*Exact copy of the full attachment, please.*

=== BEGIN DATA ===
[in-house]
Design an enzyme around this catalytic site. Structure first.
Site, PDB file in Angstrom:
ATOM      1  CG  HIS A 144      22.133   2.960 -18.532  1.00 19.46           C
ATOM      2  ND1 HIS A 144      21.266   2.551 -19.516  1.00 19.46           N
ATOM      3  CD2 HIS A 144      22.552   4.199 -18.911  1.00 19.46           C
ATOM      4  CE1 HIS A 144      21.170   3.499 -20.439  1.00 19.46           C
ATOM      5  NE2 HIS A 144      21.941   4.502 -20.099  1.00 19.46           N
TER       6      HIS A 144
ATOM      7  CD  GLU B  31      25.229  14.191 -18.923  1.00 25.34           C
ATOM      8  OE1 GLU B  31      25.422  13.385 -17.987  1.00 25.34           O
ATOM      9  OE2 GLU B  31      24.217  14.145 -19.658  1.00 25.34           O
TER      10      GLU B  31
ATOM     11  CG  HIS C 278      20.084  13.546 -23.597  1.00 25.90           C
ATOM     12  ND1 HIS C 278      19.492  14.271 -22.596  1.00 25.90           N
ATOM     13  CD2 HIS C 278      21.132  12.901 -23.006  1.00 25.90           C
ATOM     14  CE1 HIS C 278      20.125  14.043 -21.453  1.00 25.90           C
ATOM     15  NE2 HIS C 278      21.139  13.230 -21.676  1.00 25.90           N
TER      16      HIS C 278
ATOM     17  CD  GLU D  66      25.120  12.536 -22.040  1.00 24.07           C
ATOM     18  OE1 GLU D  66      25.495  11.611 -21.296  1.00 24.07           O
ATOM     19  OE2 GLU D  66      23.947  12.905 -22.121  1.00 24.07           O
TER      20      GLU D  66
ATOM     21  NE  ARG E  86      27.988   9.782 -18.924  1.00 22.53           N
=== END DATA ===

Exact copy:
[in-house]
Design an enzyme around this catalytic site. Structure first.
Site, PDB file in Angstrom:
ATOM      1  CG  HIS A 144      22.133   2.960 -18.532  1.00 19.46           C
ATOM      2  ND1 HIS A 144      21.266   2.551 -19.516  1.00 19.46           N
ATOM      3  CD2 HIS A 144      22.552   4.199 -18.911  1.00 19.46           C
ATOM      4  CE1 HIS A 144      21.170   3.499 -20.439  1.00 19.46           C
ATOM      5  NE2 HIS A 144      21.941   4.502 -20.099  1.00 19.46           N
TER       6      HIS A 144
ATOM      7  CD  GLU B  31      25.229  14.191 -18.923  1.00 25.34           C
ATOM      8  OE1 GLU B  31      25.422  13.385 -17.987  1.00 25.34           O
ATOM      9  OE2 GLU B  31      24.217  14.145 -19.658  1.00 25.34           O
TER      10      GLU B  31
ATOM     11  CG  HIS C 278      20.084  13.546 -23.597  1.00 25.90           C
ATOM     12  ND1 HIS C 278      19.492  14.271 -22.596  1.00 25.90           N
ATOM     13  CD2 HIS C 278      21.132  12.901 -23.006  1.00 25.90           C
ATOM     14  CE1 HIS C 278      20.125  14.043 -21.453  1.00 25.90           C
ATOM     15  NE2 HIS C 278      21.139  13.230 -21.676  1.00 25.90           N
TER      16      HIS C 278
ATOM     17  CD  GLU D  66      25.120  12.536 -22.040  1.00 24.07           C
ATOM     18  OE1 GLU D  66      25.495  11.611 -21.296  1.00 24.07           O
ATOM     19  OE2 GLU D  66      23.947  12.905 -22.121  1.00 24.07           O
TER      20      GLU D  66
ATOM     21  NE  ARG E  86      27.988   9.782 -18.924  1.00 22.53           N